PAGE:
When it comes to quality of life in a senior living community, independence is key. While changes in health might affect how much we can do on our own, the truth is that most of us still want to be in charge of how we live day-to-day. For residents at Golden West, being involved in the community is much more than just an issue of staying social.
Our resident committees not only give people a way to channel their passions, but a means to have input to the inner-workings of the community. This is what separates resident committees from social clubs. While clubs serve an important purpose for giving people a way to come together over their interests, committees meet to collaborate on goals within the community. This empowers residents to think creatively about the community and streamlines resident feedback to staff.
“We have 250 opinions here.”
One of our longest running groups, and undoubtedly one of the most integral to the inner-workings of Golden West. Resident Council is comprised of departments heads from other committees and meets monthly to share updates about the community and hear resident concerns. “Residents didn’t always want to get involved as much, but there’s been a shift,” Director of Programs Jill Moore said. “Now, they want to be in charge.”
Community Share and Recycling Committee
“We want to make it so more residents feel that recycling can be a way of life.”
Started by residents Linda Johnson and Peper Gisi, the Recycling Committee seeks to get more residents on board with recycling and composting. Since forming the group two years ago, they’ve made great strides in educating fellow residents about how Boulder County handles recyclables and have even been able to get dining services to transition to compostable takeout materials. Recycling isn’t a habit for all residents, so Linda and Peper team up to spread awareness and make themselves available to answer questions. “We do this thing at each resident council meeting called a ‘recycling moment,’” Linda said. “I make an announcement to remind them about what we do with paper, or what classifies as plastic. It’s made a difference.”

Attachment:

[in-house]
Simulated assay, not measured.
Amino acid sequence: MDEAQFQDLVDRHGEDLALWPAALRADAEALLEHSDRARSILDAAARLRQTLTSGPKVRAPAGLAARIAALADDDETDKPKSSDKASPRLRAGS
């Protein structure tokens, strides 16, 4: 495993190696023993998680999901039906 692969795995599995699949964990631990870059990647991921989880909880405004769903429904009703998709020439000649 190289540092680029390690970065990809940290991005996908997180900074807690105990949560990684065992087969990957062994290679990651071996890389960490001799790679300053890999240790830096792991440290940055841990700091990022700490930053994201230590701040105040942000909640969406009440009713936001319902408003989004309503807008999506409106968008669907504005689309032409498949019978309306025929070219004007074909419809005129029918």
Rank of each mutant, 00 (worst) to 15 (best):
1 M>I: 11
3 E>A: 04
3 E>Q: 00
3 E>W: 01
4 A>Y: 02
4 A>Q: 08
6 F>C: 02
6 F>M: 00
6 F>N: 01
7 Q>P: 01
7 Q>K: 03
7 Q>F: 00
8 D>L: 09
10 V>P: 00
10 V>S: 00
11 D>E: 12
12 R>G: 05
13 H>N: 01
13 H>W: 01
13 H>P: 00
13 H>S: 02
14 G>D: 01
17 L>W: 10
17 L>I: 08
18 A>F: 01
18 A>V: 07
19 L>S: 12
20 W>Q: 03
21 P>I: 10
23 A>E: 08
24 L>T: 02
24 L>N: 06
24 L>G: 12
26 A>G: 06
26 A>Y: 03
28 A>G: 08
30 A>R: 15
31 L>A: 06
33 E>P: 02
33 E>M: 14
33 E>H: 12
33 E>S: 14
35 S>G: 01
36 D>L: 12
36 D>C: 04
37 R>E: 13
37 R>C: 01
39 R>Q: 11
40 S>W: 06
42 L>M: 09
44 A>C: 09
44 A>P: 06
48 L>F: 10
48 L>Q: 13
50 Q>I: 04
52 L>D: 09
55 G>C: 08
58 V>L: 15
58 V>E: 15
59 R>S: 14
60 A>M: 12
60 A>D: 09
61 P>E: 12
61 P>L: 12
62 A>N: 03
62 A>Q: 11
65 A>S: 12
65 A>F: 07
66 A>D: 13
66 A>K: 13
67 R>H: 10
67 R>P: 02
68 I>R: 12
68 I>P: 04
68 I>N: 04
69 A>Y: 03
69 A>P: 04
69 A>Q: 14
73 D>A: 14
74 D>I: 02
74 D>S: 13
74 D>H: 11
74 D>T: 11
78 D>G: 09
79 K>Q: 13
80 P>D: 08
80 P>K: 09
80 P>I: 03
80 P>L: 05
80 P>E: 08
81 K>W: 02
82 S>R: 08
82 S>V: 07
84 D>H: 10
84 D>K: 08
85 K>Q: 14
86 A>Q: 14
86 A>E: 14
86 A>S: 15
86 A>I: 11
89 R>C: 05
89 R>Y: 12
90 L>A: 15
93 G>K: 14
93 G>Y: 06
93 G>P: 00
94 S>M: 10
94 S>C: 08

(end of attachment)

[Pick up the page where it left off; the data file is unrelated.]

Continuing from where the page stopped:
“It’s a wonderful way to meet new residents and welcome them.”
As Chairperson of the Floor Representatives, Glo Keller is one of the first to know when a new resident is moving into Golden West. She works directly with 28 floor representatives for all 24 residential floors at Golden West to ensure everyone feels welcomed in their new home. Since Floor Representatives are in charge of delivering residents’ monthly statements and newsletters, Glo primarily works one-on-one with each representative to make sure all items are distributed in a timely manner. The committee meets quarterly to stay connected about updates on each floor. “I just like being involved with all the residents, knowing who’s here,” Glo said. “I like welcoming new people as they come in.”
Community Food Share
“It makes a huge difference in a lot of people’s lives.”
Golden West offers residents a couple options for getting fresh groceries at no cost: Elder Share and Community Food Share. While Elder Share is a government-sponsored program delivered once a month, the Community Food Share brings a mobile pantry directly to Golden West for about an hour twice a month, allowing residents to pick from a variety of fresh food donated by local vendors, grocers and farmers. Linda Johnson is the primary contact for the food share and is in charge of getting residents “signed up and lined up.” See organizes everyone’s paperwork so those who need the pantry can access it. “We have between 45 to 65 people going through the mobile pantry on a particular visit,” Linda said. And, according to her, it’s still growing as more residents learn about the service.
There’s something for everyone.
“We have so many different activities going on here… committees open it up for everyone to take part.”
The many committees at Golden West make it possible for residents to be involved in the changes that matter most to them. From the Program Committee, which meets once a month to come up with ideas about new activities or events to host, to the Art Group, which meets to discuss future art events and what to display around the campus, and many more, residents are empowered to have their voices heard on nearly every facet of life at the community.